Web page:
Computer Network Diagrams

A comprehensive set of graphics covering all elements of computer networking. Create diagrams containing computer hardware, user inputs and communication devices.

Interactive Voice Response Diagrams

Create a diagram that visualizes the logical structure of an interactive voice response system. A complex IVR system may have many different options available through voice recognition or button pressing responses - map them out with the help of this solution.

Network Layout Floor Plans

This solution allows you to create a computer network blue print of your home or business. Create an overview of the connections between computers, modems and routers with a workspace.

Network Security Diagrams new-label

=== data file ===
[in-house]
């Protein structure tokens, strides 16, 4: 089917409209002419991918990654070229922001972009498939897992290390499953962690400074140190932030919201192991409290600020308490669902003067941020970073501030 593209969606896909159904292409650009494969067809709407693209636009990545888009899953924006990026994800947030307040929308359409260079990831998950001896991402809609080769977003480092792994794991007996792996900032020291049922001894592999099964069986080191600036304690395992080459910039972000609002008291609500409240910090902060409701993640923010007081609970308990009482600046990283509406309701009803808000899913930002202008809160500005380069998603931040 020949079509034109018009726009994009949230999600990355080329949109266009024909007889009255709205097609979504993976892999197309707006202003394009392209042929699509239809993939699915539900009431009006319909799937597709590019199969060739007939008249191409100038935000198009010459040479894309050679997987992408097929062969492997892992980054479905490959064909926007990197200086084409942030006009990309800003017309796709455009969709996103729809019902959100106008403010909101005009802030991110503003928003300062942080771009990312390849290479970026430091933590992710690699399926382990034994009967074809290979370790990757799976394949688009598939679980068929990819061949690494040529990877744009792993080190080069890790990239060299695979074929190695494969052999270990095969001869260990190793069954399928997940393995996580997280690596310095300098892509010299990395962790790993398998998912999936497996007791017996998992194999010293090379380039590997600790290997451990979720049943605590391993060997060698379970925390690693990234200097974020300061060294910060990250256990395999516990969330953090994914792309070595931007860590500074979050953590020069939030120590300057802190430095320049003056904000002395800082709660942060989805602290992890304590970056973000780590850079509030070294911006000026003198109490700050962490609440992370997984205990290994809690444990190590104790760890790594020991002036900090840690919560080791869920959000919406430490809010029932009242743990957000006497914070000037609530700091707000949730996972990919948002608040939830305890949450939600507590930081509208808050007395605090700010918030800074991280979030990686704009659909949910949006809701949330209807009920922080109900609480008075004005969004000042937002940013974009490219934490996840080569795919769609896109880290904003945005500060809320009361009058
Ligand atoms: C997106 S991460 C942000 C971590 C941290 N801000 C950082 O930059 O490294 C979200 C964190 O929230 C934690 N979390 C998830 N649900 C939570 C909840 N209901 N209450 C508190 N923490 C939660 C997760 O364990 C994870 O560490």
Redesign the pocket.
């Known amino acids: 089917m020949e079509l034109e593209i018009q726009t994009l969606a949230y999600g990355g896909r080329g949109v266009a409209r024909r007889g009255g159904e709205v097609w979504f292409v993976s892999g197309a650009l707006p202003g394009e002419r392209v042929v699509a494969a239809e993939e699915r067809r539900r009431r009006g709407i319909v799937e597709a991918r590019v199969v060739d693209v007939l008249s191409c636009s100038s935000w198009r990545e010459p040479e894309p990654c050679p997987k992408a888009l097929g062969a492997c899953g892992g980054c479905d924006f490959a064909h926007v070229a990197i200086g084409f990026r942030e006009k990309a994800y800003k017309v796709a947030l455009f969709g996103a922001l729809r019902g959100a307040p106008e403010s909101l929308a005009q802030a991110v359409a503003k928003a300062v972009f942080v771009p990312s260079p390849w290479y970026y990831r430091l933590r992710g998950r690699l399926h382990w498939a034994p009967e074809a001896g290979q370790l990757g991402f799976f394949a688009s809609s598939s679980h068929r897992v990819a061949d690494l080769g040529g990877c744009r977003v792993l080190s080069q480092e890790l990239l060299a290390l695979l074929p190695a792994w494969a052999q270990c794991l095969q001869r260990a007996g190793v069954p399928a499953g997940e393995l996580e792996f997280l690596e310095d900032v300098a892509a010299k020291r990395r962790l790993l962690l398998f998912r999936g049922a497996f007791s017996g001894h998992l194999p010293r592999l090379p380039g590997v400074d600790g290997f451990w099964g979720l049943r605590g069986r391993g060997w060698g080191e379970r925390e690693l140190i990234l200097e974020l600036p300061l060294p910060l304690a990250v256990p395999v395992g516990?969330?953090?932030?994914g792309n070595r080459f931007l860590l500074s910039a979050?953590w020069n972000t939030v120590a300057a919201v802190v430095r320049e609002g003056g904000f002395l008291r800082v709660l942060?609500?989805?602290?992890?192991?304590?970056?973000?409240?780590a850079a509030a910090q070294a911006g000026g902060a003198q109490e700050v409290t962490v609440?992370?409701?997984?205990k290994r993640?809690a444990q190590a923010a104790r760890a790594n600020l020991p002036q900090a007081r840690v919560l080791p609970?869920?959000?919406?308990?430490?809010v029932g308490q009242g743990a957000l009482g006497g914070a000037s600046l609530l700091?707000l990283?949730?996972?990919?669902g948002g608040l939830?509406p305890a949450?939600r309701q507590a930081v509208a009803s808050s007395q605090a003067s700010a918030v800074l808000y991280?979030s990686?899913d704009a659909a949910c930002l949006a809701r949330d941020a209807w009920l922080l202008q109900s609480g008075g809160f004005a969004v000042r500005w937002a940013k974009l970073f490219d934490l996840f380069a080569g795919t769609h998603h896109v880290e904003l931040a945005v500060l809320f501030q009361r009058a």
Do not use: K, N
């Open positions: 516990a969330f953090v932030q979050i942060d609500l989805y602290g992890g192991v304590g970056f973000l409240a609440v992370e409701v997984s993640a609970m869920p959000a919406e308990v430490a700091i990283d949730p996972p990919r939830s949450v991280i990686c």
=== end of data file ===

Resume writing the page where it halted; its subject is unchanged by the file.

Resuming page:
Depict and illustrate useful knowledge about network security, cyber security degrees, secure wireless network, represent the network security tips, develop new effective network security devices and IT security solutions, and share them easily with your colleagues and friends.

Rack Diagrams

A rack diagrams can visualize the rack mounting of computer and network equipment as a frontal view of the rack, with the equipment installed. You can decide the best configuration before beginning the physical task.

Telecommunication Network Diagrams

Create a diagram depicting telecommunication on any scale. From call centers to GPS navigation systems, TV networks to satellite communication, wireless broadband to radio linking.

Vehicular Networking

Show a variety of transportation networks, and their connections on a local or global scale. By boat, by air or by land; your drawing has no bounds.

Wireless Networks

A solution with graphics relating to all aspects of wireless networking. Design or document the wireless network from your home or business.

What is it?